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Singapore Gambler Gets Prison Sentence for Money Laundering
- January 19, 2016 By Nemanja L. -
A Singapore gambler has been sentenced to six months in prison as he was found guilty of being in possession of money believed to have originated from an illegal activity.
San Wei Koh from Signapore will serve six months in prison before he is deported to his native country as New South Wales court delivered his sentence on Monday.
The man in question arrived in Australia in April 2015, and reportedly told the customs that he didn’t have anything to declare over the $10,000 allowed amount.
Star Casino Staff Alerts Police of Suspect Behaviour
However, he then went on to deposit $300,000 into a safety deposit box of The Star Casino in Sydney within a week of his arrival, before depositing another $700k the following day.
Koh then gambled for a while at said casino, but without making large bets. And it was the gambler’s hefty cashouts that alerted the casino staff, who reported their customer to the authorities.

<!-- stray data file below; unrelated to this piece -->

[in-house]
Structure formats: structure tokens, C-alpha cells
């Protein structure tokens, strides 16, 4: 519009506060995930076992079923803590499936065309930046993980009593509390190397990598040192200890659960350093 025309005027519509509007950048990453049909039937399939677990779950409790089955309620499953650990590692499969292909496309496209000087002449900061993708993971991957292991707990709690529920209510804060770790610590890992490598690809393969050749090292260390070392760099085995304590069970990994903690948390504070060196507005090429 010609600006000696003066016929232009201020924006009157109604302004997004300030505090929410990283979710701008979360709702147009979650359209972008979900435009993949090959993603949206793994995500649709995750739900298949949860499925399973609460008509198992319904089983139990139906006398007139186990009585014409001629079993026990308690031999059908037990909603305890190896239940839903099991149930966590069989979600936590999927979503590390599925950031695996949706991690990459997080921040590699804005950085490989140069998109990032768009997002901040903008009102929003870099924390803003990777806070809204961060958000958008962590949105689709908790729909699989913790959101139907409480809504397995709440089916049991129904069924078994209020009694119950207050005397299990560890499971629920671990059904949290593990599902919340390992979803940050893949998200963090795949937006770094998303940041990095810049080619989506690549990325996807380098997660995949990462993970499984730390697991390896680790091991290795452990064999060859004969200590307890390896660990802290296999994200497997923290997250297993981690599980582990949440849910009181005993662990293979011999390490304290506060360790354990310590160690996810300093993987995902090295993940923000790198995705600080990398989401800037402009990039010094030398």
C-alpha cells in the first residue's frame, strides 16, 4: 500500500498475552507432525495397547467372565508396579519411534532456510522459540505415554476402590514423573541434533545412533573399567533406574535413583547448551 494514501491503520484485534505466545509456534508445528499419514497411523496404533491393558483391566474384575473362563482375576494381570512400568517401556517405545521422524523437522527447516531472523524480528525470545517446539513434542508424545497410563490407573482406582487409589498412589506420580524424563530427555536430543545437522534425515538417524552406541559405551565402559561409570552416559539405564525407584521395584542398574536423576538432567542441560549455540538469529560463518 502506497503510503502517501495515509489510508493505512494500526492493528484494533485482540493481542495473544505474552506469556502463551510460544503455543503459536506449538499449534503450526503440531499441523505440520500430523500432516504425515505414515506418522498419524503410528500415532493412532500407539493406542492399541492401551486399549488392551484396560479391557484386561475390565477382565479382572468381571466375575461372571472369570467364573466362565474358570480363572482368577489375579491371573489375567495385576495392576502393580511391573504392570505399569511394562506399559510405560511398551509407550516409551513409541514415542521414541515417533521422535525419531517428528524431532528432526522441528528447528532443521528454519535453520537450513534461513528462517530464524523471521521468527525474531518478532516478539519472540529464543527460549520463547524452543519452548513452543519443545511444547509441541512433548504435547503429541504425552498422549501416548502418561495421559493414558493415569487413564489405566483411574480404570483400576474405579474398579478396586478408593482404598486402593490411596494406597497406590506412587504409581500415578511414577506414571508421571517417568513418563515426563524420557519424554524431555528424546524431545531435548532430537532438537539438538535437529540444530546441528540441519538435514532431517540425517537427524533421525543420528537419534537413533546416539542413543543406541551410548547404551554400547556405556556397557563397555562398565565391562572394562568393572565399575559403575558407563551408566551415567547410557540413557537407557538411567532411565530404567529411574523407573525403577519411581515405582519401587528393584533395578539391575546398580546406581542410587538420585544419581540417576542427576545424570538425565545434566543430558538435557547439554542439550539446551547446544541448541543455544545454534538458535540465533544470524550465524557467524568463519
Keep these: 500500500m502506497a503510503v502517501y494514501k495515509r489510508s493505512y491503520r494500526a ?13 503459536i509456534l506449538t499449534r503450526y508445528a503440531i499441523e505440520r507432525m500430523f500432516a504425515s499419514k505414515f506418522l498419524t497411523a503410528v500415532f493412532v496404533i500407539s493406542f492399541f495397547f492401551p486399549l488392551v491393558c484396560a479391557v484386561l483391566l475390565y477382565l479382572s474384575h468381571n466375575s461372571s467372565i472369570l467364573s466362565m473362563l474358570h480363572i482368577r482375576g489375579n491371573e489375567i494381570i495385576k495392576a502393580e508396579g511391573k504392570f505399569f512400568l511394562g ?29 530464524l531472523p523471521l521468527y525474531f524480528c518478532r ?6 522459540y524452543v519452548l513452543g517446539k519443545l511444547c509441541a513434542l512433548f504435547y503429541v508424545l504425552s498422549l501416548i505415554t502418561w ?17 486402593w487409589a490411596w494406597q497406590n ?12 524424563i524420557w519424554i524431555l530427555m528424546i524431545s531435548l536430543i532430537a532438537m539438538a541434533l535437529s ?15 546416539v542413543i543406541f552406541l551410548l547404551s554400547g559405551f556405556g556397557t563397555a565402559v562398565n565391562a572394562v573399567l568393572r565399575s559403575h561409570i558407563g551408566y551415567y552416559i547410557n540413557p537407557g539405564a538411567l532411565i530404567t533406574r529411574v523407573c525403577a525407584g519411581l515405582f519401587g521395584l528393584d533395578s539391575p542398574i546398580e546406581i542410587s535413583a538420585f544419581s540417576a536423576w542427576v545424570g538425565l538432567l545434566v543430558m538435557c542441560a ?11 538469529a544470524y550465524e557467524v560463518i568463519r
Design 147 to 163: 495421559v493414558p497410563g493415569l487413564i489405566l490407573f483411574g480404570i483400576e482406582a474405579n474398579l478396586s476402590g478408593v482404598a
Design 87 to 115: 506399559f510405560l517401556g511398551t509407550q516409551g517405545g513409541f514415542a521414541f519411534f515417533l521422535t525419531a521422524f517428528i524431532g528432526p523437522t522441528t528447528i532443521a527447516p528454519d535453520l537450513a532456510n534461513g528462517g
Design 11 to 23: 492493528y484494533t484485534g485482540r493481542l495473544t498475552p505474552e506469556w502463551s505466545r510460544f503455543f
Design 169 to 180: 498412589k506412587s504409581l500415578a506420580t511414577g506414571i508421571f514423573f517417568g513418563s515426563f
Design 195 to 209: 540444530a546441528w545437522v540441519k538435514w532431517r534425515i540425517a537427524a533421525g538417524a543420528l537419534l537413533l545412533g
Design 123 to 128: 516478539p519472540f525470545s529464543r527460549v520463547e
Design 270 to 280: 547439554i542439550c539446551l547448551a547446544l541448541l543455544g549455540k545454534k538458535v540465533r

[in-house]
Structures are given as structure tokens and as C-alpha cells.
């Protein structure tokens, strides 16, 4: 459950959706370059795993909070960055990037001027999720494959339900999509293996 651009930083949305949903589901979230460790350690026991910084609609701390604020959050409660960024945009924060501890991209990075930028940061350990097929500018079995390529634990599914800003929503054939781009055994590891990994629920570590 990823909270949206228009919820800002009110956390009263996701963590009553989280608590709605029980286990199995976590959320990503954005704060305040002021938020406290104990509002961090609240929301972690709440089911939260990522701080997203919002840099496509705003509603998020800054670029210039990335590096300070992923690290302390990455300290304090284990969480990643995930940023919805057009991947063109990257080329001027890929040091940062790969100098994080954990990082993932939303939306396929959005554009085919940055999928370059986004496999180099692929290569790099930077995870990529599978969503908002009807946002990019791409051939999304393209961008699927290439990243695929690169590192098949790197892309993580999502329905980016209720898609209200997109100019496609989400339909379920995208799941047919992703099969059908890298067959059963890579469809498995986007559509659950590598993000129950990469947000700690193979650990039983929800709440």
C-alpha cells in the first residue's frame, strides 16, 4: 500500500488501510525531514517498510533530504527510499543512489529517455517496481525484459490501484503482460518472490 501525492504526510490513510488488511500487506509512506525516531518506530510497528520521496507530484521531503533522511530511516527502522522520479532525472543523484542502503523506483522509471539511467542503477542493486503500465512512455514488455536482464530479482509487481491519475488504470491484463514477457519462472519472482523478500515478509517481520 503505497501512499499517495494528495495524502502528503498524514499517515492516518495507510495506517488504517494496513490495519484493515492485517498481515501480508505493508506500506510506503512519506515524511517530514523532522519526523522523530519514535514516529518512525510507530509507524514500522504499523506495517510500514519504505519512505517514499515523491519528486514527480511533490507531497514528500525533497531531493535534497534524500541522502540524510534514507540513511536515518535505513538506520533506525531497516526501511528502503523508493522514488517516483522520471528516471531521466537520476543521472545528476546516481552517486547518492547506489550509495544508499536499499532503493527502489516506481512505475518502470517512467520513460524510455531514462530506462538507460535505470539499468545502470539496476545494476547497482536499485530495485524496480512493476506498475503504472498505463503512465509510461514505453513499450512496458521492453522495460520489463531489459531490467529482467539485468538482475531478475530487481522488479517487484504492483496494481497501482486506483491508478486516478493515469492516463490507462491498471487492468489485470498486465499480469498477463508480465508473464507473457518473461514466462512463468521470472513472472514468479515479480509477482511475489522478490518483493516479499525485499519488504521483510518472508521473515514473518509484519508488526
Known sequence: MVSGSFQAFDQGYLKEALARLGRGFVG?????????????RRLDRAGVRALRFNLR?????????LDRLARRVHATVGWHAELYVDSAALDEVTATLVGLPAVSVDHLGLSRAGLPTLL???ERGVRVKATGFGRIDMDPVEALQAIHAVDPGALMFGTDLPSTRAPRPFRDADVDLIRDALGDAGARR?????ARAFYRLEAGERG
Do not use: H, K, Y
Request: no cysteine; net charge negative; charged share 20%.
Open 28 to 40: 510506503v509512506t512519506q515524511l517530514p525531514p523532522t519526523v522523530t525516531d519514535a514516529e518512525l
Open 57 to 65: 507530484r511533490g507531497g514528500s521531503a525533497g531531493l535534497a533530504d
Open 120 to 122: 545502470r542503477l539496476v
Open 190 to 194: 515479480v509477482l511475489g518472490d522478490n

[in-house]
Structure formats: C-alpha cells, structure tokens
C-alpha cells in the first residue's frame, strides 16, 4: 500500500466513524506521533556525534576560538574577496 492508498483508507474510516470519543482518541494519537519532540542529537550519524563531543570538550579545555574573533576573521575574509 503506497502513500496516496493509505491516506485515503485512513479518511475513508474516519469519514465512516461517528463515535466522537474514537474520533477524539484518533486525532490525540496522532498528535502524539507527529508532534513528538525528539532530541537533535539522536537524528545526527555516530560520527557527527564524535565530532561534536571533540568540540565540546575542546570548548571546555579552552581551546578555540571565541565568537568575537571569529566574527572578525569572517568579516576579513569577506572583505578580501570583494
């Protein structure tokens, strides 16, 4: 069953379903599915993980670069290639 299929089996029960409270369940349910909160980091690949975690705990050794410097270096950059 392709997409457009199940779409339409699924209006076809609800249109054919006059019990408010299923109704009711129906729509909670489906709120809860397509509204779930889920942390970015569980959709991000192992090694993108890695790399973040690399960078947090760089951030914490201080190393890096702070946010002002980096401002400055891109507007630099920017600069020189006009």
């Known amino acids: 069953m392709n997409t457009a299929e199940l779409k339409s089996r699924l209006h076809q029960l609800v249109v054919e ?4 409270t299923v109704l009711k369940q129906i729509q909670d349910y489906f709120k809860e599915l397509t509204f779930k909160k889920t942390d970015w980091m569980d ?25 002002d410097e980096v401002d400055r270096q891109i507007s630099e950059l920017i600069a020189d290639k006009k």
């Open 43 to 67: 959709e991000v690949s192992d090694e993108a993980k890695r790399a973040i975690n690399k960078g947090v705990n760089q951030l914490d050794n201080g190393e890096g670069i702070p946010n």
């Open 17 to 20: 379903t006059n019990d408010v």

The police found a total of $600,000 in Koh’s safety deposit box and immediately took the man in for questioning. Little did they know that the suspect would go on to claim that the money found in his safety deposit box belonged to his aunt, who ran a brothel in Newcastle.
Koh told the police he was asked to collect the money for his aunt’s ex husband, a China resident, and having found that his aunt was not at home, he let himself in and picked up the cash.
But, with the suspect’s aunt denying any connection with the man and police unable to track down her reported husband, it was hardly surprising that the New South Wales court Judge Graeme Henson found Koh guilty and sentenced him to six months in prison.
Even though defence’s request for a suspended sentence was rejected, the court decided to reduce the time Koh would spend in prison, due to the fact that the gambler helped police bring charges against two more individuals on account of money laundering.
Sydney’s The Star Casino has become one of the favourite places for Chinese high-profile gamblers in recent years, but, as that usually happens, not all of those players have earned their money fair and square.